Blackness: A Quick and Dirty Primer


In the The New York Times last Sunday, Jill Nelson dismissed the idea that black people ever really wondered whether Sen. Barack Obama was "black enough." My memory of how Obama was being discussed a year ago is different from Nelson's. Today, however, black people who question Obama's authenticity are indeed a fringe.

So what's that all about? Well, with Obama, it was whether he was committed to the black community's concerns. He was—as a black community organizer in Chicago. And he is, in his commitment to programs on prisoner re-entry and responsible fatherhood.


However, when the question of whether someone is "really black" comes up outside the realm of politics, we tend to lapse into a kind of doubletalk. One ploy is to swat away the issue of blackness as a real quantity. In that case, "What's that all about?" is not so much a query as a rebuke that the question is inappropriate, illogical, or even underhanded.

When Michelle Obama dismissed the question about her husband as "silliness," that was sensible: Barack Obama has proven that he understands black concerns. Too often, though, we are taught that it is "silly" to address blackness as a gradient at all. But this is evasive. We're tiptoeing around something, and it's black culture. Some people are more rooted in it than others – and there isn't a thing wrong with that.

Some say that blackness is simply a matter of color. By this analysis, anyone who raises the larger questions about black identity is apparently visually impaired. Last year, Gwen Ifill, for example, dismissed the question of whether Obama is black enough because someone who, like her, is a child of immigrant blacks might not be considered "black." But I think we all know it's not that simple. The brown-skinned person implying their skin color renders the whole issue moot is leveling a coded challenge: "Are you saying that all black people talk like rappers and eat fried chicken?"

But this implies that there is no such thing as black culture in a legitimate sense. But there is – and it includes Ebonics and chicken!

What is black culture? Definitions will differ. But we can't treat the definition as so "fluid" that it isn't a definition at all. I will toss out a few parameters of what "black" is:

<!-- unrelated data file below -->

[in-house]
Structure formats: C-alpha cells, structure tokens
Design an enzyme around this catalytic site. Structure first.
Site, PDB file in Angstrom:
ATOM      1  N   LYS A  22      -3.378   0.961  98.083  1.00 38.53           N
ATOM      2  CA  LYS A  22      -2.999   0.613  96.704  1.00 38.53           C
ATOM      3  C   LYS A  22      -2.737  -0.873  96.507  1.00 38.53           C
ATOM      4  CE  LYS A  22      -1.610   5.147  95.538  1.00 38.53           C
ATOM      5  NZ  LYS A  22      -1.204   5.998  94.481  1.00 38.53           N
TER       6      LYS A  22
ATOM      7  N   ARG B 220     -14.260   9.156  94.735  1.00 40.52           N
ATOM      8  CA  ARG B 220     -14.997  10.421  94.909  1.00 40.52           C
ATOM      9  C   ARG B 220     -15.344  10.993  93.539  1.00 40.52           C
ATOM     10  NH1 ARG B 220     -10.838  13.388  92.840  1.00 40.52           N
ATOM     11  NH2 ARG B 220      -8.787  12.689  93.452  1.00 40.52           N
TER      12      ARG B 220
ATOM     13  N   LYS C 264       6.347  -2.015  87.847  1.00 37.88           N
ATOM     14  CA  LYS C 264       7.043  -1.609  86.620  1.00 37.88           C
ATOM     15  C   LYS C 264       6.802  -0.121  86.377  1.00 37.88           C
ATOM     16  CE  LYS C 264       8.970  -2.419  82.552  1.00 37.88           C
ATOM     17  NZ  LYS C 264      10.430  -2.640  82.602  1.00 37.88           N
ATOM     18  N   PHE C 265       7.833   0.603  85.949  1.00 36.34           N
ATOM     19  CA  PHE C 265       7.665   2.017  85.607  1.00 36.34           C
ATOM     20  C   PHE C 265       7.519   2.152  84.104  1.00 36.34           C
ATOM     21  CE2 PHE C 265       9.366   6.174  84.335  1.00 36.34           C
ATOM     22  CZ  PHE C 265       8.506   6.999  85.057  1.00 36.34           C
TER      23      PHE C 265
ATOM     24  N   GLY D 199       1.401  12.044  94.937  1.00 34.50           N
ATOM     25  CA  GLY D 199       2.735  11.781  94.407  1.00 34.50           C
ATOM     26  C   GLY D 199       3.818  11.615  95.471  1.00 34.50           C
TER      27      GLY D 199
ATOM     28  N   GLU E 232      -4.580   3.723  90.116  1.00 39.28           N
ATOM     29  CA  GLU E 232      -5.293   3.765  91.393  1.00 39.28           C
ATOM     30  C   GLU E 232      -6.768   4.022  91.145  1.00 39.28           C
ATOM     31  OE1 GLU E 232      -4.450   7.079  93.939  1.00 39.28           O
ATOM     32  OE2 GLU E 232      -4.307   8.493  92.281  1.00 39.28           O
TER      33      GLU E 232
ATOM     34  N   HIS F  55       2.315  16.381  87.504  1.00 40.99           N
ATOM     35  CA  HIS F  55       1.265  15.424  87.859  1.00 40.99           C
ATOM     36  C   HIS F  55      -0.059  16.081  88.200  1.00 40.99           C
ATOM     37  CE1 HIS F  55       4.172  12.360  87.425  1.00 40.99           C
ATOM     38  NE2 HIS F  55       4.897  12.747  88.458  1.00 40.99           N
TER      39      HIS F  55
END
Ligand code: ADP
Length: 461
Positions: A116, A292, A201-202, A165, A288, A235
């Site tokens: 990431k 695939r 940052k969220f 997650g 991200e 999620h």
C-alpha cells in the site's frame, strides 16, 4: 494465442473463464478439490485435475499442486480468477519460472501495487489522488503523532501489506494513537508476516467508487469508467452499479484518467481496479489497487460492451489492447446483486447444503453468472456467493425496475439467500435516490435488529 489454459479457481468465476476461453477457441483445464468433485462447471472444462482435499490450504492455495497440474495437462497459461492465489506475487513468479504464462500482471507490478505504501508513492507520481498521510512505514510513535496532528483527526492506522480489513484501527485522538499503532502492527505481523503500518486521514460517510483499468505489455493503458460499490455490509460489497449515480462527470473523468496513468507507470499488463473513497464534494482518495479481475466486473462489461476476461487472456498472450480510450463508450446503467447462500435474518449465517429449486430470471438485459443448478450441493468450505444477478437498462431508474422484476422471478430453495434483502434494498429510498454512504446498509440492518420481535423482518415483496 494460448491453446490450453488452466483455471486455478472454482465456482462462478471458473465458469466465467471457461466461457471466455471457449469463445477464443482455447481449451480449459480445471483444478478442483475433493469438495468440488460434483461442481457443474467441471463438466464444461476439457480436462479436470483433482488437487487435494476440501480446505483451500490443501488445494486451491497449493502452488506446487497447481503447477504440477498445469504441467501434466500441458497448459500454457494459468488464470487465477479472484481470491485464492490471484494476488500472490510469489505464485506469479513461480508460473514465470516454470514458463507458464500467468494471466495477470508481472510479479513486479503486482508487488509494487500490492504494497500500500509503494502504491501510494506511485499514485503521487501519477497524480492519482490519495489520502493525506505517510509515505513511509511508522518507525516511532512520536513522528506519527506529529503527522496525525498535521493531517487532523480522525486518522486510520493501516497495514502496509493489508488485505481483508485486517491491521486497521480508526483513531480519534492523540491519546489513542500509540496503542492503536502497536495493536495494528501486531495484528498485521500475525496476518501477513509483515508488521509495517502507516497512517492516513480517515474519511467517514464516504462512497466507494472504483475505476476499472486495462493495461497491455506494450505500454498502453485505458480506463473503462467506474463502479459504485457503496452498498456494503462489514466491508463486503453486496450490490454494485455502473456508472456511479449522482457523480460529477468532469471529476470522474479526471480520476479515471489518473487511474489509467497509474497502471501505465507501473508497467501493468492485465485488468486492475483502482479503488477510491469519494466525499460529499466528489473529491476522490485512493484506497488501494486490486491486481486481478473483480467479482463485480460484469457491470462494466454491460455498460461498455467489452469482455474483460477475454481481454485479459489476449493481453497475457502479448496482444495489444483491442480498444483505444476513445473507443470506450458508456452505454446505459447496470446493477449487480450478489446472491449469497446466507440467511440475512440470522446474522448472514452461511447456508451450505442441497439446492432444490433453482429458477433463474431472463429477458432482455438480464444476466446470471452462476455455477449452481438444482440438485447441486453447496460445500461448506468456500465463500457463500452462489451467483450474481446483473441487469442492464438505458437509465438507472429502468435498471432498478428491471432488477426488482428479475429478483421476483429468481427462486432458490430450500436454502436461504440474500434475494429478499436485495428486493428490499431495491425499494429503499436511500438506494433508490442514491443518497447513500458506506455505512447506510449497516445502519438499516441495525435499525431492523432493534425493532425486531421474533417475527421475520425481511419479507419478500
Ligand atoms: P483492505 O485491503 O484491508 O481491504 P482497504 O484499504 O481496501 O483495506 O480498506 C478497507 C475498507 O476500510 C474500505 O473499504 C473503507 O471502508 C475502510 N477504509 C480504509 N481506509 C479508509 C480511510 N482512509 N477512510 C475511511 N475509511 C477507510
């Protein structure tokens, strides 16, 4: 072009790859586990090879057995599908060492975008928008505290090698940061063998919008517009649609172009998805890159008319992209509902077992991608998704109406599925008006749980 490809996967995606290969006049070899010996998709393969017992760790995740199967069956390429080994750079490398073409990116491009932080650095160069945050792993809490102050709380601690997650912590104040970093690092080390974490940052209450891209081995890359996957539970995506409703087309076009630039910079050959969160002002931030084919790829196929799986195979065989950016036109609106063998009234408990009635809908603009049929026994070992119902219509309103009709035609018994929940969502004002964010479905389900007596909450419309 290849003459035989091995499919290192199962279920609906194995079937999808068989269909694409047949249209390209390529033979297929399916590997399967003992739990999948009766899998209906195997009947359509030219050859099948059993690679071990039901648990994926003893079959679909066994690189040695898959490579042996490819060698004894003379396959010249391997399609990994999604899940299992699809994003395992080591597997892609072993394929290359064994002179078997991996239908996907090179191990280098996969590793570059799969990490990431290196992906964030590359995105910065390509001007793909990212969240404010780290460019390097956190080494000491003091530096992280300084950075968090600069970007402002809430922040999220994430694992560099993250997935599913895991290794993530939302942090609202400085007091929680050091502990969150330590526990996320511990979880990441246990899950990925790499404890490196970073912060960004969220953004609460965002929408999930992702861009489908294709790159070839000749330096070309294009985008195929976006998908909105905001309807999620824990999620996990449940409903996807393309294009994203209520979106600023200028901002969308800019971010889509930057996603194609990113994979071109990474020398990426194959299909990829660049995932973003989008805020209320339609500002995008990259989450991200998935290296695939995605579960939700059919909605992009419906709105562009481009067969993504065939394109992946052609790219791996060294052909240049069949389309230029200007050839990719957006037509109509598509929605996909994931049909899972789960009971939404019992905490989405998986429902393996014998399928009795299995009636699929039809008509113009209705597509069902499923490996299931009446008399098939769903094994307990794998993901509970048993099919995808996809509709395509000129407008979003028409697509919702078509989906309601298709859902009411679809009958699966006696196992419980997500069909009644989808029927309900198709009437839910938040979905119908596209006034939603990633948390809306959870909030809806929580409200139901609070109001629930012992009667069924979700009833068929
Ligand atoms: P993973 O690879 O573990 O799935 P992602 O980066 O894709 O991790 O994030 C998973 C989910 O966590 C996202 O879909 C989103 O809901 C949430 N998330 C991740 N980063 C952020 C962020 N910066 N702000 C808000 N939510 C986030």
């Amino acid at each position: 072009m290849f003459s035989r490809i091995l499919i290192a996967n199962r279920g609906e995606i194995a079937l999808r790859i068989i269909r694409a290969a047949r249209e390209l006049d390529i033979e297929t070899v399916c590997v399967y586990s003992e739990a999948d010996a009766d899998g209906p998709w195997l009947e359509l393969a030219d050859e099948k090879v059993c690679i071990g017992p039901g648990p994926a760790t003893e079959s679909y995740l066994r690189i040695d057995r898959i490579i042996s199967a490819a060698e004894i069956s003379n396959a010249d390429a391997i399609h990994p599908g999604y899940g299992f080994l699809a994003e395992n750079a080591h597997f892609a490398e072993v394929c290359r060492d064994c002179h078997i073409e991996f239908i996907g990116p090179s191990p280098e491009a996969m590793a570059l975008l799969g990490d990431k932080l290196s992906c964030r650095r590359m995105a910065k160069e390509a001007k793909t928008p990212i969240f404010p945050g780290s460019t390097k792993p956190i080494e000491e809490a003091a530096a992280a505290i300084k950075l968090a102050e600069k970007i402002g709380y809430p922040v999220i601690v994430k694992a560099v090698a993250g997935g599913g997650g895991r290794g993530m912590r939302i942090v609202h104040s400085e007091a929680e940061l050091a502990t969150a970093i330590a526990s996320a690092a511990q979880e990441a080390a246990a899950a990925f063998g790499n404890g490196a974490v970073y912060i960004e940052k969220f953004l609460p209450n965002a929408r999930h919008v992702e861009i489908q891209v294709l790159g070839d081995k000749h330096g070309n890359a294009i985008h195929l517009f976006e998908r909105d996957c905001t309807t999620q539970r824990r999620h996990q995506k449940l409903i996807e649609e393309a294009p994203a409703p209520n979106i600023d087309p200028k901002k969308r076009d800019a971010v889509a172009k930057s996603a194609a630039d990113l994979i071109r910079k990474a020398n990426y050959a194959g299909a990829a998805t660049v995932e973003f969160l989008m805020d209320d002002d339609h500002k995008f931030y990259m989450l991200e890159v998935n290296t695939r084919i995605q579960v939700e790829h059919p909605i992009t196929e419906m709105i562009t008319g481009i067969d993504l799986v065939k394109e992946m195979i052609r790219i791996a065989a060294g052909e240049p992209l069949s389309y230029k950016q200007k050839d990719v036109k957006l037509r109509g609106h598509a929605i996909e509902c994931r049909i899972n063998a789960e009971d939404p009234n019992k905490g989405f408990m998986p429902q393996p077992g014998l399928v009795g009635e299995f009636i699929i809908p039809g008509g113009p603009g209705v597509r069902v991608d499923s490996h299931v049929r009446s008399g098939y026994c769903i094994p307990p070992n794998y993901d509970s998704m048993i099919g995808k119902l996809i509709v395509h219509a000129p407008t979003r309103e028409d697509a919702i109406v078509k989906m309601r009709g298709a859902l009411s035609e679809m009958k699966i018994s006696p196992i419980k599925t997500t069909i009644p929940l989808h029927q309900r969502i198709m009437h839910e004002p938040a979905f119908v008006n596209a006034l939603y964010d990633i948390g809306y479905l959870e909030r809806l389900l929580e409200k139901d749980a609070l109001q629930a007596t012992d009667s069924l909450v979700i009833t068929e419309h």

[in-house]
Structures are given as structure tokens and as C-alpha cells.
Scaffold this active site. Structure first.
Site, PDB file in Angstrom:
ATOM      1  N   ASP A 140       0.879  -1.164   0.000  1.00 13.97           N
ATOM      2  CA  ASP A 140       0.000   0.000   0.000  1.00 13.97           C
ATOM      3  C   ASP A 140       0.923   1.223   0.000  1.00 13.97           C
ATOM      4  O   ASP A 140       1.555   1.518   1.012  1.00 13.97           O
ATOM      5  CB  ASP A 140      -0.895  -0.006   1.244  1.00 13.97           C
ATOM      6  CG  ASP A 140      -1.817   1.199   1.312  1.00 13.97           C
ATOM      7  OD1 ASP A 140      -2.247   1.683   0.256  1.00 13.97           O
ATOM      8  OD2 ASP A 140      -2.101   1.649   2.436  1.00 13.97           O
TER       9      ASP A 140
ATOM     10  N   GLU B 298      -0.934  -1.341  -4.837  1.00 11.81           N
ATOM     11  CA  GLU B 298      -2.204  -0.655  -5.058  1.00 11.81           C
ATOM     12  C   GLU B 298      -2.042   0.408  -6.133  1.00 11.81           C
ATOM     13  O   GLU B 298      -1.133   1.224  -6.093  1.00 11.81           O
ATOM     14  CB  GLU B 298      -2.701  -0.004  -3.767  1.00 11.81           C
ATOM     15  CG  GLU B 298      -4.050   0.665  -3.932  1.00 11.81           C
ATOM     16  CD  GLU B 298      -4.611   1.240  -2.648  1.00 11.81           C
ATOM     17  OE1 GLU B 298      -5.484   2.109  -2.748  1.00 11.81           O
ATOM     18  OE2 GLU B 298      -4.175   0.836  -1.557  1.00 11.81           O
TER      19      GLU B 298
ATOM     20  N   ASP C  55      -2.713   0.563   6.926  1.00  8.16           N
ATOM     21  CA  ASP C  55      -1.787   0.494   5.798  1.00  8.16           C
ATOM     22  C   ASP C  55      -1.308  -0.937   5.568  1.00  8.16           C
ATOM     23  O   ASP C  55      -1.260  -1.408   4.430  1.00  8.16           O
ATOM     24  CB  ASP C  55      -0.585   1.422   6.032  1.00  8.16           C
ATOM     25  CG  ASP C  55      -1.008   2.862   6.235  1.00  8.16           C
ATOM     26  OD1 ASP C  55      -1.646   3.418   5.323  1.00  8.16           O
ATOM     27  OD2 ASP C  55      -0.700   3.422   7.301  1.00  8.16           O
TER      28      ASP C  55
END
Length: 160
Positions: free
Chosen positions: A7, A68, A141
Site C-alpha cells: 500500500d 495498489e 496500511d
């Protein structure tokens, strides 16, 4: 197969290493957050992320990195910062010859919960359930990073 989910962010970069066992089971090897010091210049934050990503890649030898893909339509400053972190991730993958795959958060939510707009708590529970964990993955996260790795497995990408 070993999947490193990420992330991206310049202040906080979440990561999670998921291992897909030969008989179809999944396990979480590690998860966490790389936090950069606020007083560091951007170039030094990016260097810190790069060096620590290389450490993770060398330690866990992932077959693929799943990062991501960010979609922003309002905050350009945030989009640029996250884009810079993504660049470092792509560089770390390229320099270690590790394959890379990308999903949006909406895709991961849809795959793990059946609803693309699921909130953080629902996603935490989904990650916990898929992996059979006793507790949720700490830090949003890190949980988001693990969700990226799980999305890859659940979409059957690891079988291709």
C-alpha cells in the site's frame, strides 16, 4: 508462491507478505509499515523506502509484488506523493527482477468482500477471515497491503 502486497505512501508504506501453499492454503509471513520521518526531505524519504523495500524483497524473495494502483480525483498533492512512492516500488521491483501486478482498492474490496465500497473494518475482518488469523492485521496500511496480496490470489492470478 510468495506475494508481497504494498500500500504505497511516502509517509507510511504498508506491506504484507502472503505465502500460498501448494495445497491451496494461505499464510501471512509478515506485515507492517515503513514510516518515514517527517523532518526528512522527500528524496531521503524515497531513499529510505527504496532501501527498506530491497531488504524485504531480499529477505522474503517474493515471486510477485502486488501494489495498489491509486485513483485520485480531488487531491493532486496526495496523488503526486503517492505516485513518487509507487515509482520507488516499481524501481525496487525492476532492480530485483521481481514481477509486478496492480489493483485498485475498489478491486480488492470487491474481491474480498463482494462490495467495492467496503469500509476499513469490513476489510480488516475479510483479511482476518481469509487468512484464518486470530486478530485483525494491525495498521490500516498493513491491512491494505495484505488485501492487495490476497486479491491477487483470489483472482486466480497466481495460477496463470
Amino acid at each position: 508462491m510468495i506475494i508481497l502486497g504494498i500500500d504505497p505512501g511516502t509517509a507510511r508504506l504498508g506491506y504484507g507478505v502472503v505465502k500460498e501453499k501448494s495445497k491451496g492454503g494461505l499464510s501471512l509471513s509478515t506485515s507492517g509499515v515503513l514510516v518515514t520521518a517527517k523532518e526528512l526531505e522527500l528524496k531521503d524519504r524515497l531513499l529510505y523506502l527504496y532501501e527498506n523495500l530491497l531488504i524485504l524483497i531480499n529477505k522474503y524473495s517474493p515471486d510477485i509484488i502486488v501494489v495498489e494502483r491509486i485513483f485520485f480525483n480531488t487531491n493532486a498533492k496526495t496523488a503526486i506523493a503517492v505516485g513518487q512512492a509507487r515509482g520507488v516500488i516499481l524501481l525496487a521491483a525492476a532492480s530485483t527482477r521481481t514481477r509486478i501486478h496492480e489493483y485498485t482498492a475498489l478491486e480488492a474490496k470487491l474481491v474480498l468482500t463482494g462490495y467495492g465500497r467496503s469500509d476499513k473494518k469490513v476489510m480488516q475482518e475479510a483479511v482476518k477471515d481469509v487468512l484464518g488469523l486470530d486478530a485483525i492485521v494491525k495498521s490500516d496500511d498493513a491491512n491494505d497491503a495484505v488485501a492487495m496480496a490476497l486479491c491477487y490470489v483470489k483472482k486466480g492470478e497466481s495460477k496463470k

—The dialect: which is not identical to Southern white English, and not just slang, but a sound and a series of grammatical patterns.


—Music: yes, most of hip-hop's listeners are white. But there are proportionally more black people who listen mostly to black music than there are whites who listen mostly to black music.

—Bodily carriage. Culinary tastes. Dress style. Christian commitment. Juneteenth. And yes, skill on the dance floor.


There are whites who have some of these traits. What I have presented is not a bag of "stereotypes." These would be stereotypes if I claimed that all black people exhibited all of those traits to a maximal degree. But I have not claimed that. I have listed a few aspects of black culture: what anthropologist might identify as traits unique to the black community – i.e. what it is to be black.

And because these are cultural traits, some individuals will exhibit them to a greater degree than others. The 70-year old Russian in Moscow is more culturally Russian than his 25-year-old niece who emigrated to America at 12. The Orthodox Jewish woman is more culturally Jewish than a Reform Jewish woman who does not keep kosher or celebrate Shabbat.


In the same way, some black people are blacker than others, as measured by their background and personal predilections. Some are not meaningfully black culturally at all. Why would this not be the case?

Especially over the past forty years, the number of black Americans growing up in all-black circumstances has decreased. The diversity of black experience is vaster than ever. For this reason, just as we will not view culturally "blacker" people as lesser, we will not view culturally less black people as suspicious. But most importantly, we cannot evade the issue by treating black culture as something so ambiguous and profound that we aren't really talking about anything at all.


Ideally, no one would hear "black" as a putdown. And, if we really know what being black is about, we can say the following without anyone batting an eye:

Queen Latifah is blacker than Tiger Woods.

Alan Keyes is blacker than Barack Obama.

Jada Pinkett Smith is blacker than Colin Powell.

And, Michael Eric Dyson is blacker than me.

John McWhorter, a culture and politics Senior Fellow at the Manhattan Institute, is a columnist for the New York Sun and author of "Losing the Race."


John McWhorter is a contributing editor at The Root. He is an associate professor at Columbia University and the author of several books, including Winning the Race: Beyond the Crisis in Black America and Our Magnificent Bastard Tongue: The Untold History of English.